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It is not the strongest of the species that survives, nor is it the most intelligent… but the one most responsive to change Charles Darwin
General Approach: BEFORE hardware purchase / installation Partner with I. T. and Telecommunications l l Ask for demo units from vendors and TEST them onsite! Assess your I. T. infrastructure (see handout ) ¡ Have blueprints available for sites where VMI will be implemented l You will have to map the location of ports and electrical outlets in order to place units effectively OR l l You will have to map the location of electrical outlets in order to INSTALL ports convenient to said outlets Assess the phones currently in use by your providers ¡ Only digital, multi-directional phones will work with this technology l l Most of the phone sets in out-patient clinics are inexpensive, analog and unidirectional (This will NOT work) Do the provider phones have conference capability?
General Approach: AFTER hardware purchase / installation AVOID sub-optimal adoptions and utilization l l Train your providers rigorously! Have super-users identified from both groups (provider and interpreter) to help champion use ¡ Be willing to park someone on site the first week of implementation to hand hold providers/users Have a strategic, enterprise level plan l Stay focused on dramatic improvements in clinical practice
General Specs for IT There are many technical aspects to the project and even more technical obstacles that we've been able to overcome. I would say that anyone who is interested in doing such a project, make sure they have the support of technical engineering staff. Also, make sure that those engineering staff have a fairly in depth knowledge of PBX technology (including Call Center expertise), Video over IP technology, and Data Networking. Without in house expertise in all those areas, they could very well find themselves in a less than desirable situation with performance issues and an unstable application. Have someone from telecommunications and someone from IT as part of the task force that researches hardware options, purchases same, and then installs and rolls out the service for your facility. I've attached a drawing of our network supporting the VMI application. It shows the HMC Data network, the UW PBX, and the Interpreter Services Call Center and how they are linked. There is a missing line in my drawing, that has become ever so important since our deployment of the system, but is one component I underestimated when doing the initial design. That is the telephonic interpreting link which would be represented by a line going from an HMC PBX phone, through the HMC PBX, over to the UW PBX, and then to the Interpreter Services call center. Our network is actually considerably more complex than the drawing, but that has more to do with the intricate internetworking between HMC and UW, and our hopefully temporary PBX, Node UWD, that we are running due to necessary PBX software levels.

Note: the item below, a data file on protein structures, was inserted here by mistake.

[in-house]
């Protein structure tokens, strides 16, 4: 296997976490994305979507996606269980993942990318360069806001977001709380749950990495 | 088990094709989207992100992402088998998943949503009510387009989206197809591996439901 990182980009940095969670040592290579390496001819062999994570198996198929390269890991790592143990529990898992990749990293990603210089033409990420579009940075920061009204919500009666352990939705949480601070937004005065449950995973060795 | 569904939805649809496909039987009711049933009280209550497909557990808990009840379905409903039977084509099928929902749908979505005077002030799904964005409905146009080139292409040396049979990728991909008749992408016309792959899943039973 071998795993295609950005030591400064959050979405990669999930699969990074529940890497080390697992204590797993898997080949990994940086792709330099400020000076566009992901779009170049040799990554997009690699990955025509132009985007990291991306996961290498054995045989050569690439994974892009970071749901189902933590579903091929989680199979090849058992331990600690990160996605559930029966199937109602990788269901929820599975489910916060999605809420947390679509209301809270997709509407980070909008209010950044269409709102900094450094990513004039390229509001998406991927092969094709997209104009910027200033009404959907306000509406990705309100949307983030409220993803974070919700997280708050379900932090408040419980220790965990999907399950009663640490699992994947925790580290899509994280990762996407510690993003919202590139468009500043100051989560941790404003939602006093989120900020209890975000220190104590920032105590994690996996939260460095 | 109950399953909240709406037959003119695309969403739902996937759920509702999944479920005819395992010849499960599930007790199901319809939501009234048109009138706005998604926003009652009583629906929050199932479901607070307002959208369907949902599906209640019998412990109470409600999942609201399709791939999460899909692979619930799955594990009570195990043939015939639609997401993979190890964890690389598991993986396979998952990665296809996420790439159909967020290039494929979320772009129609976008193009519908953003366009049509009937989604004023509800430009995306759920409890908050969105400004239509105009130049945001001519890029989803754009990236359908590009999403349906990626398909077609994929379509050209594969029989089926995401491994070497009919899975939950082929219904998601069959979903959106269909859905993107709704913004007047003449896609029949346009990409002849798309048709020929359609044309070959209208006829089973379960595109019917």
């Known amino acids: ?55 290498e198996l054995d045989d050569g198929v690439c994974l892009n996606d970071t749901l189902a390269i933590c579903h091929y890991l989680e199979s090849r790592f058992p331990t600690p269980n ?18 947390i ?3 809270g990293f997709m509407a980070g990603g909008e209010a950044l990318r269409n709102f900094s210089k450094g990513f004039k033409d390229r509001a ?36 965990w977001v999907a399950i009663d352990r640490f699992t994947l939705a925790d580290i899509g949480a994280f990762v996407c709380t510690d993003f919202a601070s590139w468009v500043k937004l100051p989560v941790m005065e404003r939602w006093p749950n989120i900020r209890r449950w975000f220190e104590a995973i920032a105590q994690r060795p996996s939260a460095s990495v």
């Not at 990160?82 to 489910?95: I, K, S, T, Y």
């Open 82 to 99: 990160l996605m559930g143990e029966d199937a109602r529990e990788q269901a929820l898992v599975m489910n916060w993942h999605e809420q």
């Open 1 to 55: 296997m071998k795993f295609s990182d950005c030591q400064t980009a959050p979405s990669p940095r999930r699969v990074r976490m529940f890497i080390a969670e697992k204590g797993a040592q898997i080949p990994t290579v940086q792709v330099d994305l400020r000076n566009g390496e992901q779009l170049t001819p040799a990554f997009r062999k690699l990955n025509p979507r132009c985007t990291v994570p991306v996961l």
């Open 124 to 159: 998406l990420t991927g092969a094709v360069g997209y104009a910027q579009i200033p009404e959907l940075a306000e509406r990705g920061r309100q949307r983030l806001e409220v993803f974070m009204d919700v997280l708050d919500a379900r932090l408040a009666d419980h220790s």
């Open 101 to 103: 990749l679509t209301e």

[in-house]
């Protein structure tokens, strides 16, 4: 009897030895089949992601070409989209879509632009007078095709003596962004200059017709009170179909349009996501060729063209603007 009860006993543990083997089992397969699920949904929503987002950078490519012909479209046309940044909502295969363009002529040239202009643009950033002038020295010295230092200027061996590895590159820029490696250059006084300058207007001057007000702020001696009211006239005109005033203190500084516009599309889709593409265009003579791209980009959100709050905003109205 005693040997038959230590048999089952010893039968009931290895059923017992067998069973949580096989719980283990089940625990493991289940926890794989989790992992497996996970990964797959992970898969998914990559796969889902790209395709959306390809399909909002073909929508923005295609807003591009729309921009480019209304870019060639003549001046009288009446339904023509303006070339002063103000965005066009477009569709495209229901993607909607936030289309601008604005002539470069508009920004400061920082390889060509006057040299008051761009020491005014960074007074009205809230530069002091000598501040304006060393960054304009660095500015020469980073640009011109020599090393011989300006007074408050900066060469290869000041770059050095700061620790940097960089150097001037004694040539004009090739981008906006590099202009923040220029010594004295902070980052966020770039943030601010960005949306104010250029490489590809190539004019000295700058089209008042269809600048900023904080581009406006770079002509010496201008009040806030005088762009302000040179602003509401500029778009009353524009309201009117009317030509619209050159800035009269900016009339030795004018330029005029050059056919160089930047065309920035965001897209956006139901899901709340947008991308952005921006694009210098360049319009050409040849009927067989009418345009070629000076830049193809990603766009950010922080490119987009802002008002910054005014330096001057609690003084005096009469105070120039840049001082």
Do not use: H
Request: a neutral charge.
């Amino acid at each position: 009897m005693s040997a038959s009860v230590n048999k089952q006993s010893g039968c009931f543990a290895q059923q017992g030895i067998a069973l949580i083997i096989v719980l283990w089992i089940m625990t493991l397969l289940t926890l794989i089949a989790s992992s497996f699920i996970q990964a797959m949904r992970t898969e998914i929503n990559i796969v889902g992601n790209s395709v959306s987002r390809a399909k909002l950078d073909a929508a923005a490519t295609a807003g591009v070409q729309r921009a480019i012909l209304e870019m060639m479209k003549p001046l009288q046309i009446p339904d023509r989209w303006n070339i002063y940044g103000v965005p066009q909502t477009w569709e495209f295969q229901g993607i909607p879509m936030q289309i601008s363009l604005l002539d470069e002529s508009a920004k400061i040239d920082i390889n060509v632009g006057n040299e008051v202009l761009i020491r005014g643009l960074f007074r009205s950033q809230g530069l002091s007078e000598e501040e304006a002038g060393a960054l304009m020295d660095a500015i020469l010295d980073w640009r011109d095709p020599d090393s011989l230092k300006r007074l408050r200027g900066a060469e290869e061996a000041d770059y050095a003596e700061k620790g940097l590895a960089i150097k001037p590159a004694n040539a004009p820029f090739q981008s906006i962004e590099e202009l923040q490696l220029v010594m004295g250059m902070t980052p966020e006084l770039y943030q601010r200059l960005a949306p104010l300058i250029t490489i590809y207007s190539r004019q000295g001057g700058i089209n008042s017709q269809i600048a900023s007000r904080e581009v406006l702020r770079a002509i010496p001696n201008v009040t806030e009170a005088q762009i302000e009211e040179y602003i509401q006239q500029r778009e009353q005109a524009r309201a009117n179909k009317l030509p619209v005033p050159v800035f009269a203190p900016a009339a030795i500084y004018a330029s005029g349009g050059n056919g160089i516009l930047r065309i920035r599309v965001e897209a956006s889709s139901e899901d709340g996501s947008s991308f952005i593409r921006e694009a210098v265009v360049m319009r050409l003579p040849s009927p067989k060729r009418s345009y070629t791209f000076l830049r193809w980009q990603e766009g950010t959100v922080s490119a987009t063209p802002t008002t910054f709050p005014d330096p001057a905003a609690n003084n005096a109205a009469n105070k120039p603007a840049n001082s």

Video technology: • The general things to watch out for on the technical side though are as follows: • Make sure to use high quality video endpoints. • • • Interpreter Services is currently using High Definition Polycom HDX 4000 endpoints for the interpreters, and more affordable Standard Definition Polycom V 700 units for the mobile carts All of our VMI interpreters are currently using headsets manufactured by KOSS (model S/B 45) This makes the Interpreter call center HD-capable, should we decide in the future to upgrade the mobile units to HD (or simply implement HD mobile endpoints in later phases). Either way, an institution that wanted to implement a video call center should trial different video units before purchasing. This will ensure that they have the correct expectations in terms of video quality and also when they start using their units.